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This article was published 6/5/2014 (1023 days ago), so information in it may no longer be current.
The Manitoba Theatre for Young People has rebounded from tough financial times so quickly that the man who led its resurgence is letting the company stand on its own.
Derek Aasland, who took over as artistic director in March 2013 after losses had threatened MTYP's future, announced Monday he would be stepping down on June 30.
While he said he knew that the job was not a long-term situation, even he was surprised how quickly MTYP returned to its feet.
"There was a sense it was going to take a long time," Aasland said Tuesday in a telephone interview. "We had to do move swiftly or the theatre could have been lost."
That meant dramatic downsizing, and only five productions were staged during the 2013-14 season while Aasland and board members pounded the pavement to find a financial solution.
"Here's the situation we were in: Can we do something about it? And can we do something about it now?" he recalled. "There was no time to have any doubts."
The financial solution arrived, in part, from two-for-one matching grant from the Winnipeg Foundation, Aasland said. Donations from corporations and the public also helped.
By October 2013, the theatre company was back in the black, reporting a $137,000 surplus and reducing its overall debt by $1.6 million.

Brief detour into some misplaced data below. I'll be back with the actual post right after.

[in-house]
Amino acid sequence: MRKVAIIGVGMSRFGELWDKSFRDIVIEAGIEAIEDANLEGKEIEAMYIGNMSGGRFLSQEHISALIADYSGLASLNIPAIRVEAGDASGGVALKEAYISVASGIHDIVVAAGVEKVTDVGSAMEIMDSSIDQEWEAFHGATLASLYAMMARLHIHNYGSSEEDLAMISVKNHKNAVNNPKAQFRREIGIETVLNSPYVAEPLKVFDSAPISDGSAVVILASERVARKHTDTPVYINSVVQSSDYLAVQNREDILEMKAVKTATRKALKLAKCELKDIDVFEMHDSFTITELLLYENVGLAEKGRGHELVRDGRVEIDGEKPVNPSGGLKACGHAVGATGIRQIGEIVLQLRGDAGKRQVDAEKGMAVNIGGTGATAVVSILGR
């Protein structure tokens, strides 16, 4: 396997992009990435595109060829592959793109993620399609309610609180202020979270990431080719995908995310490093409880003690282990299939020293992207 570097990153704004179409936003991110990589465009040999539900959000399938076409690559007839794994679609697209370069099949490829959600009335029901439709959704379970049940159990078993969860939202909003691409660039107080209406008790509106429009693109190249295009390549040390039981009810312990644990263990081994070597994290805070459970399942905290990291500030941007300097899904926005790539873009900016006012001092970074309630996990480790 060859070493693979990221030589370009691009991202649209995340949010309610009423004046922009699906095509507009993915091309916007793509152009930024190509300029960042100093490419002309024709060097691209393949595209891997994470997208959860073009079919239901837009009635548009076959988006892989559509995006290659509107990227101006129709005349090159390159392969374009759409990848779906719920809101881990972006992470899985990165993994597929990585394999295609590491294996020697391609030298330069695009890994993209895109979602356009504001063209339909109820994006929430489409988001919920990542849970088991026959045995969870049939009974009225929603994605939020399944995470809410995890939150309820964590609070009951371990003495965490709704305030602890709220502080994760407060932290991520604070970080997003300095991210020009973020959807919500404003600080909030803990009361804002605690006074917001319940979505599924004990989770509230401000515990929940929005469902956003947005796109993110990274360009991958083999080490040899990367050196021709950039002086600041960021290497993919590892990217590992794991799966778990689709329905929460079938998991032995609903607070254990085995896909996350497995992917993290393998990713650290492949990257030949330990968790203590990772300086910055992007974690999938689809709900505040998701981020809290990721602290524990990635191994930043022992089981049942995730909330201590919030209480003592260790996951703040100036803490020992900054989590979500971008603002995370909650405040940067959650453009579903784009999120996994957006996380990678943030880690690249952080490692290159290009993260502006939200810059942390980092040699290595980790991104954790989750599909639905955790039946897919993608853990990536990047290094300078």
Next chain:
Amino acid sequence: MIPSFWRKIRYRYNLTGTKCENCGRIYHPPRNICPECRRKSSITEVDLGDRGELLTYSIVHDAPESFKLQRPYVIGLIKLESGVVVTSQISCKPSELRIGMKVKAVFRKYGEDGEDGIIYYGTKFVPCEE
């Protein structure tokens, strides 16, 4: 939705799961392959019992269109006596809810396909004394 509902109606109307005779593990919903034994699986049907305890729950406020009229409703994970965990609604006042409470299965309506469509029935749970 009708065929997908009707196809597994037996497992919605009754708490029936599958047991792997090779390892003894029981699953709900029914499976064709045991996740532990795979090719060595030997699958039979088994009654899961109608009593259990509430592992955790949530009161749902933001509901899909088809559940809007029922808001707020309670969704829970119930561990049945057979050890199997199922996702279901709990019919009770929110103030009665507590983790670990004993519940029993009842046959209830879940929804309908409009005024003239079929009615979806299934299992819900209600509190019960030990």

A second consecutive surplus is expected to be reported later this year, a media release announcing Aasland's departure said Monday.
Aasland considers himself as a transitional figure at MTYP, between the founding 30 years and company's next 30 years.
"It would have been wonderful to stay on," Aasland said, adding, "It was a good point for me to leave the seat for the next person to take MTYP to the next level."
MTYP has launched a search committee, led by its board of directors, for a replacement. Max Reimer has been named interim artistic director.
Aasland is returning to the Toronto area to be closer to his family and to take part in other theatre projects, he said Tuesday afternoon.
"This is what I enjoy to do. I put down tracks for artists to run their trains on," he said.
But his leaving doesn't come without moments of sadness. Besides his 16-month stint as MTYP's artistic director, he was also its associate artistic director and assistant general manager from 2006 to 2010.
"I love this company," he said. "I find it difficult to even get away from this building."
From an artistic standpoint, much of what Aasland brought to MTYP has yet to appear onstage. He said the company's hard work to stabilize its finances also helped it boost its 2014-15 season to seven productions, including appearances by two of Winnipeg's top children's performers, Al Simmons and Fred Penner.
"We were able to get back to the basics of what made the company successful."